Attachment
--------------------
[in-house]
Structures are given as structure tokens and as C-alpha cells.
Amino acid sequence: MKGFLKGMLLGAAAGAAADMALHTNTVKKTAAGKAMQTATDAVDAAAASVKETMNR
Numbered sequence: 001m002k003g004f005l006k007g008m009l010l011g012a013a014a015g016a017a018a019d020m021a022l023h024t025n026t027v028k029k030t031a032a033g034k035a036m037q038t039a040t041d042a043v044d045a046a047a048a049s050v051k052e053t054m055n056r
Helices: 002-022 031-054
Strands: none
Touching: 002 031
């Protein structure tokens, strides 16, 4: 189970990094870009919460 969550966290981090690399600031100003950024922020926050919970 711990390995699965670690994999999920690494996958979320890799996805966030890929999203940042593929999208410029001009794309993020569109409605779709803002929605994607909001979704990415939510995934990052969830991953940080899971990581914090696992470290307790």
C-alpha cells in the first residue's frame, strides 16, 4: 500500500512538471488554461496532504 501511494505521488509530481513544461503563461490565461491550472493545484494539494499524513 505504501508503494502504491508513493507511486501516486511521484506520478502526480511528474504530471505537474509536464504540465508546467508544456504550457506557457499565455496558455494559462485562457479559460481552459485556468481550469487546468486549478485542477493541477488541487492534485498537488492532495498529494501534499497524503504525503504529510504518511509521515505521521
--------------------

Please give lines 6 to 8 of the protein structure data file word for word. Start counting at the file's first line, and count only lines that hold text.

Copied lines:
Strands: none
Touching: 002 031
């Protein structure tokens, strides 16, 4: 189970990094870009919460 969550966290981090690399600031100003950024922020926050919970 711990390995699965670690994999999920690494996958979320890799996805966030890929999203940042593929999208410029001009794309993020569109409605779709803002929605994607909001979704990415939510995934990052969830991953940080899971990581914090696992470290307790």